Survival Lighters: What Type Should You Carry and Bring into the Wilderness?

Here's what you should consider when choosing a lighter for survival.

In the wilderness, either on a camping or hiking expedition, an extended hunting trip, or in a survival situation, the ability to start a fire is of paramount importance. Everyone should have multiple methods for fire starting included in their survival gear.

In addition to starting fires, there are a million lighter uses. Having a good lighter, along with a good emergency fire starter, is as important as a good knife or multitool.

Can You Bet on a Bic?

Some people rely on a simple disposable Bic lighter, because for the most part they are pretty dependable, last a long time, are cheap and easy to find, and they're light and unobtrusive as a piece of EDC gear. Plus, even if they run out of fuel, the flint is still good for creating sparks for a good bit longer. That can get tinder going in a pinch.

But they aren't the best option for a rugged survival lighter and they're hardly windproof, which can make starting a fire extra challenging and result in wasted fuel. Any other brand of disposable lighter other than Bic, in my experience, isn't worth the plastic its made of, even in ideal conditions.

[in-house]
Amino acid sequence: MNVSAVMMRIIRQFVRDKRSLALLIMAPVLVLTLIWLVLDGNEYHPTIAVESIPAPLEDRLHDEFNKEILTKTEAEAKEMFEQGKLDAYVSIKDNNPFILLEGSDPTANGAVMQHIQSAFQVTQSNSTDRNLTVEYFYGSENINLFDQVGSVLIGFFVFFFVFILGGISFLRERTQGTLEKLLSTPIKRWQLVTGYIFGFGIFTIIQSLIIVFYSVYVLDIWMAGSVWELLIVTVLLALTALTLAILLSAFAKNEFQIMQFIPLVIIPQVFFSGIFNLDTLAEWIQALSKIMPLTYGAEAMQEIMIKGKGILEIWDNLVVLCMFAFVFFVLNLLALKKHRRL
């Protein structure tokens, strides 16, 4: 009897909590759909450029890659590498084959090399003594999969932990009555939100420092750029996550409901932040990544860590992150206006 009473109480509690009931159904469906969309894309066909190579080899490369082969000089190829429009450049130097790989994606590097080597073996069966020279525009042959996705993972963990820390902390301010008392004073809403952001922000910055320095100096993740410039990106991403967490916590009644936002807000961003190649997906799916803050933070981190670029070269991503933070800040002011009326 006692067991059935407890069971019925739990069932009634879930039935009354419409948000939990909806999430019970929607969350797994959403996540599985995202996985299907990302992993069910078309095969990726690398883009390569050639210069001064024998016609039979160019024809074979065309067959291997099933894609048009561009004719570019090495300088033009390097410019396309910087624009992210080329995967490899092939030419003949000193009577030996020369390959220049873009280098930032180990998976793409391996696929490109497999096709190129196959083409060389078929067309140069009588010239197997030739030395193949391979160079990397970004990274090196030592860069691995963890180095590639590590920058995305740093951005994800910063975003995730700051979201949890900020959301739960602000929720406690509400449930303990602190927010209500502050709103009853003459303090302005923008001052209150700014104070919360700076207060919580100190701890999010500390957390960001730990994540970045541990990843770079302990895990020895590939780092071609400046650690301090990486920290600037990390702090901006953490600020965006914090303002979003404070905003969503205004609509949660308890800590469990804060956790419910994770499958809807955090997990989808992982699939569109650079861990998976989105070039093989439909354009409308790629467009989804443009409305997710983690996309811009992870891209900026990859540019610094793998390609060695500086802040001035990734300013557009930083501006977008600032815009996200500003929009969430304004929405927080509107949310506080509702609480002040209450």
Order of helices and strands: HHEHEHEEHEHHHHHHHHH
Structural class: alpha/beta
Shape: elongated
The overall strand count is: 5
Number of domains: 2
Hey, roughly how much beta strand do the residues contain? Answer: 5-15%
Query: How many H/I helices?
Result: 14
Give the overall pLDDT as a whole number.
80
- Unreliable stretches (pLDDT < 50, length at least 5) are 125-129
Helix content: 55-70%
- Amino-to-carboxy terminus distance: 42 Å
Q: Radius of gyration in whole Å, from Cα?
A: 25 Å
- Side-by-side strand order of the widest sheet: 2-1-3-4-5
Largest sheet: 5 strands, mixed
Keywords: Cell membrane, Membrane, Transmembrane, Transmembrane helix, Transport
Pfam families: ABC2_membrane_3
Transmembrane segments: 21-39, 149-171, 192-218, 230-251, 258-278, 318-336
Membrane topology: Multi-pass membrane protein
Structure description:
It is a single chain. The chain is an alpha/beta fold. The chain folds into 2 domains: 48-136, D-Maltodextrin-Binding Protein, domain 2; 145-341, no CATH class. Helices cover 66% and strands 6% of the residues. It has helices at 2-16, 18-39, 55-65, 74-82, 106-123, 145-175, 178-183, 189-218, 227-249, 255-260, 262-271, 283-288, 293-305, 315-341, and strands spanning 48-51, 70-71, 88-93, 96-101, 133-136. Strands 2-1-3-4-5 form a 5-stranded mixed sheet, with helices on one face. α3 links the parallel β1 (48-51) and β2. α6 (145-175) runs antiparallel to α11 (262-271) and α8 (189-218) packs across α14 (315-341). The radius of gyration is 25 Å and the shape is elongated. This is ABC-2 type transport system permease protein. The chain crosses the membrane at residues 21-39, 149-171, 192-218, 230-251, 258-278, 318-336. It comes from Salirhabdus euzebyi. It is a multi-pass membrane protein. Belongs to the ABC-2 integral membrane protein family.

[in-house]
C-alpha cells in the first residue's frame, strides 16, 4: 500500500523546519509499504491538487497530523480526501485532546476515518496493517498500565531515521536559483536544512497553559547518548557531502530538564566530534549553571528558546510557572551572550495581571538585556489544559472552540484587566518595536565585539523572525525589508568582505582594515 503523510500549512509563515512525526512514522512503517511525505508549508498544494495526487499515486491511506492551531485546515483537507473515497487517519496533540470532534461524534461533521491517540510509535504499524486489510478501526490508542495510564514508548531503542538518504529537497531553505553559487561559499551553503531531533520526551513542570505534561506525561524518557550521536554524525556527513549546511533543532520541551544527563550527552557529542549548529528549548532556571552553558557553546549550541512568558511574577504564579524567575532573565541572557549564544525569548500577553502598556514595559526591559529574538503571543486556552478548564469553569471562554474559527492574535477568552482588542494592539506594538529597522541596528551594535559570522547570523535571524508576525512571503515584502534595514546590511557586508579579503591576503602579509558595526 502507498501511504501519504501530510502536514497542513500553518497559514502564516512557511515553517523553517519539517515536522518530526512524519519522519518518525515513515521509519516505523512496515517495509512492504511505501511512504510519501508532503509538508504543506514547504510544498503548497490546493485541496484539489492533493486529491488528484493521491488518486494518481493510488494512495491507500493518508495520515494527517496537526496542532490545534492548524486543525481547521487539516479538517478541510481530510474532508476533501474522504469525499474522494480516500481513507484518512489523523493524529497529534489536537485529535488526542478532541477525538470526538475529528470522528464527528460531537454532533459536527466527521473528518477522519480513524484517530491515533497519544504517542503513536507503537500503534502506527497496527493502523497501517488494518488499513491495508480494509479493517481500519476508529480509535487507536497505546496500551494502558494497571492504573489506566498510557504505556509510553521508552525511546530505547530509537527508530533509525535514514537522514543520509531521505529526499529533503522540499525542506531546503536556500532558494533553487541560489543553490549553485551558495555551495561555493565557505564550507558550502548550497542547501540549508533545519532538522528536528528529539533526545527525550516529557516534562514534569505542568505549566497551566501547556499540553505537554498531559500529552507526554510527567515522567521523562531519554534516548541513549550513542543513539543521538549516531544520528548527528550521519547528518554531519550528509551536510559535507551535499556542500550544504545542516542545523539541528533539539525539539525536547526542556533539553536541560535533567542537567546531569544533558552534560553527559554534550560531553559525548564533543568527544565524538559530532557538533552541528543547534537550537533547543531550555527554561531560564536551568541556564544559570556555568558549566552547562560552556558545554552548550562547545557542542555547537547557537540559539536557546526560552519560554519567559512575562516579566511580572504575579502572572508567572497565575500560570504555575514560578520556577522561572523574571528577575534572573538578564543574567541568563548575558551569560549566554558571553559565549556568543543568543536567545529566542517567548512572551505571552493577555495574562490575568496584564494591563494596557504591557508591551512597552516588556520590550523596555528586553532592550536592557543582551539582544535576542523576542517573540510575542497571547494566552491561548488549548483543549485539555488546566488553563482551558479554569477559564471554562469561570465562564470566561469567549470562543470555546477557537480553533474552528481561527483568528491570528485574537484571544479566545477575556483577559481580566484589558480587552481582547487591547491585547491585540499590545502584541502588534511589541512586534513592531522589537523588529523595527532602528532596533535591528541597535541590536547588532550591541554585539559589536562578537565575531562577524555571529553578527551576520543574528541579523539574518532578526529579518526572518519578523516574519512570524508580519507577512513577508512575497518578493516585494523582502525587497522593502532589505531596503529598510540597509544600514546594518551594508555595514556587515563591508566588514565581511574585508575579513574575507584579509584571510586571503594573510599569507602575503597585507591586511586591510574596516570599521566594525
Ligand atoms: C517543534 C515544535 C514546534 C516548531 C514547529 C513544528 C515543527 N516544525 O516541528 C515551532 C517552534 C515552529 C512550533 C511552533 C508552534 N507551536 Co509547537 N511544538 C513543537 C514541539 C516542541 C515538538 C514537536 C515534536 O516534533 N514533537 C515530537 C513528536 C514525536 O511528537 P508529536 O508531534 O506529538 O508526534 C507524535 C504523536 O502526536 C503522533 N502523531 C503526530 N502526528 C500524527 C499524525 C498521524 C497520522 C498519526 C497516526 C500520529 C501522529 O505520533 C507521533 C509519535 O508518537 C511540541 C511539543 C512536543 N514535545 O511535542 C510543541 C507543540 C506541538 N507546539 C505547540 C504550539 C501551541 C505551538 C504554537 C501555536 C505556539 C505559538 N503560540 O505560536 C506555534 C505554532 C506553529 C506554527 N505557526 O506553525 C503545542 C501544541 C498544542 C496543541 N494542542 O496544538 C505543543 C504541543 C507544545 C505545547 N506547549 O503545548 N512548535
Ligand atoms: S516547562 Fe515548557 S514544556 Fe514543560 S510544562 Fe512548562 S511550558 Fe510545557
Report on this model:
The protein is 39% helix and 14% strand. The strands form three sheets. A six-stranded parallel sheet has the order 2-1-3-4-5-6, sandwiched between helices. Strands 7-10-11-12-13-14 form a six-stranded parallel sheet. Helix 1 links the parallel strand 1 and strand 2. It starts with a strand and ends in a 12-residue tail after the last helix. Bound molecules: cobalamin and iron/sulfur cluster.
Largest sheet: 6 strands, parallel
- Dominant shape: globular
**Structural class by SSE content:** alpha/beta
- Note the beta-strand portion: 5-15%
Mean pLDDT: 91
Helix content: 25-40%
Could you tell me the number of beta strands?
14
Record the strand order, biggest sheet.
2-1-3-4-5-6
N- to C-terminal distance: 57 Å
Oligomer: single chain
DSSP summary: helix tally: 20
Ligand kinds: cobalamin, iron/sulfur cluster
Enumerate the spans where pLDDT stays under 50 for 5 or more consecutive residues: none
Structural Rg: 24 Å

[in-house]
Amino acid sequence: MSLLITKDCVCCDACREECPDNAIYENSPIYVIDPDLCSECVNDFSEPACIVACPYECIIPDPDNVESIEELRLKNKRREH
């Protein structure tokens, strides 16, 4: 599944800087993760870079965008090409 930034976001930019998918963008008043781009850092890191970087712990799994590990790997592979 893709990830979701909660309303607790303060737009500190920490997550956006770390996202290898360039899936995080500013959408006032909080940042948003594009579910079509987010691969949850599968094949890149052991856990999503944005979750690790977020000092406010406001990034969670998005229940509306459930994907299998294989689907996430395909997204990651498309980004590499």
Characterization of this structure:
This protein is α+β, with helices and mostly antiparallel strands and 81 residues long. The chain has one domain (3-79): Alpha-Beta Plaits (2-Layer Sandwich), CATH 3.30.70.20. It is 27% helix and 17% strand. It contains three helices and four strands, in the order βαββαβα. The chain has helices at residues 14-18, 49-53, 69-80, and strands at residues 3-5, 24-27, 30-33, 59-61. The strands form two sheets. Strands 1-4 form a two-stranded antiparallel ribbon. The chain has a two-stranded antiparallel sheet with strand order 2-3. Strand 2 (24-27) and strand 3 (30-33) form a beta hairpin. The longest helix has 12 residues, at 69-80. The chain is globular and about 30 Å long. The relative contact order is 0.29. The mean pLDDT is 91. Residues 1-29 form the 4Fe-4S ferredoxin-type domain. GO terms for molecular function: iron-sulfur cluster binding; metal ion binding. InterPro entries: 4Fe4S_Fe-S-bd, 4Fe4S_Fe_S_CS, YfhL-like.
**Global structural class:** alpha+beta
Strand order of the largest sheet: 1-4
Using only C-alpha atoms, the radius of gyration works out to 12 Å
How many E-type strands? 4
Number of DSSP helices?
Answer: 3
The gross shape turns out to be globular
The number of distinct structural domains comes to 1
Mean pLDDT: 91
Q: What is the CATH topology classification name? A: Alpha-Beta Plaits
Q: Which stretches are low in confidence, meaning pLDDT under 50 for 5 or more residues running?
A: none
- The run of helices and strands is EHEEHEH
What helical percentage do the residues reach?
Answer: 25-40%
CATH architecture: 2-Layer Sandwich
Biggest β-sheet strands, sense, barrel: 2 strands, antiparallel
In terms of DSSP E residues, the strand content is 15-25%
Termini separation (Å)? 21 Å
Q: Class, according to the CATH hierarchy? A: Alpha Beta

There are some products out there that act as a waterproof and shockproof case for a Bic, like the ABS plastic Exotac fireSLEEVE, making them more suited for the field. That's certainly an option to explore.

Something else to consider: A disposable butane fuel lighter will not work in cold weather because of its fuel type. And I'm not talking sub zero temps. A lighter like a Bic is fulled with butane in its liquid state under pressure. Their durability is certainly high, but they can be finicky in other ways. When you press the valve, the internal pressure forced the butane out of the nozzle, where it becomes a gas under normal air pressure and is ignited by the spark.